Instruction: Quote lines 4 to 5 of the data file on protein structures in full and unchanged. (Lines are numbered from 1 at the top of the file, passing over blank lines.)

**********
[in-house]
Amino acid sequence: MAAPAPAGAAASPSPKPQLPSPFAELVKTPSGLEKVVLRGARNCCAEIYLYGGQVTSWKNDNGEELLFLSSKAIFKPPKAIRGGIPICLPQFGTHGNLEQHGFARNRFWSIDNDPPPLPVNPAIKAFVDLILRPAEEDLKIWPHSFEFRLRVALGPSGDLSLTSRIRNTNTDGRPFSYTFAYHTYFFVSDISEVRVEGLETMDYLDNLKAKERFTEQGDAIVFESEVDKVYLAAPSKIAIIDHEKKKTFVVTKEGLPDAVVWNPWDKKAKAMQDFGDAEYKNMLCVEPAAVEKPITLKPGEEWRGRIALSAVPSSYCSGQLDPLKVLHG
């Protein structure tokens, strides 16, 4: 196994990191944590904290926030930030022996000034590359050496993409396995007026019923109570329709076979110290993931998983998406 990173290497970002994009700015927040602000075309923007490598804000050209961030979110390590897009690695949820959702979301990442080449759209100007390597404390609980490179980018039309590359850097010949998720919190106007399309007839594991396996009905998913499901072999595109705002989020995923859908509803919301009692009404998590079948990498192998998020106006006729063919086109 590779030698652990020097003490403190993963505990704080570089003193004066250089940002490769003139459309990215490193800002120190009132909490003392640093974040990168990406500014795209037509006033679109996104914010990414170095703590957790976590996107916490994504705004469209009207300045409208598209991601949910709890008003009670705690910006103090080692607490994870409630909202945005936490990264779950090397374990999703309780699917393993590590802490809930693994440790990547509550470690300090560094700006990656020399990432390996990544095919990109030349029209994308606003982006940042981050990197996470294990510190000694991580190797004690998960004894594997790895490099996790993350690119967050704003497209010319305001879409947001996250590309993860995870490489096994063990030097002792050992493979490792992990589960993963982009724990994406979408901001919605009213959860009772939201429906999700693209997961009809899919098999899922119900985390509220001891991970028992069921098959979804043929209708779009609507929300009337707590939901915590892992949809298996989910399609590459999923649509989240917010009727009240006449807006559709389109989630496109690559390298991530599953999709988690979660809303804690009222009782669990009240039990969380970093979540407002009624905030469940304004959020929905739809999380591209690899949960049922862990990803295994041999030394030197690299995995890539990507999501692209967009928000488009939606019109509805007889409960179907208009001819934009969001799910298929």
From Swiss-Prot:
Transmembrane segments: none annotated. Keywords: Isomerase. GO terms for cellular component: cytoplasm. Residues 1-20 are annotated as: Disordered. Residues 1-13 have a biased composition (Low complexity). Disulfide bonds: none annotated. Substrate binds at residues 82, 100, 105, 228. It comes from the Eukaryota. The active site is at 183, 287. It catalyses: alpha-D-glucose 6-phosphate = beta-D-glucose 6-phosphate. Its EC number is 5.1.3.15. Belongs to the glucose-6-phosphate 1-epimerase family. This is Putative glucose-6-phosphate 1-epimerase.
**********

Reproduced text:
From Swiss-Prot:
Transmembrane segments: none annotated. Keywords: Isomerase. GO terms for cellular component: cytoplasm. Residues 1-20 are annotated as: Disordered. Residues 1-13 have a biased composition (Low complexity). Disulfide bonds: none annotated. Substrate binds at residues 82, 100, 105, 228. It comes from the Eukaryota. The active site is at 183, 287. It catalyses: alpha-D-glucose 6-phosphate = beta-D-glucose 6-phosphate. Its EC number is 5.1.3.15. Belongs to the glucose-6-phosphate 1-epimerase family. This is Putative glucose-6-phosphate 1-epimerase.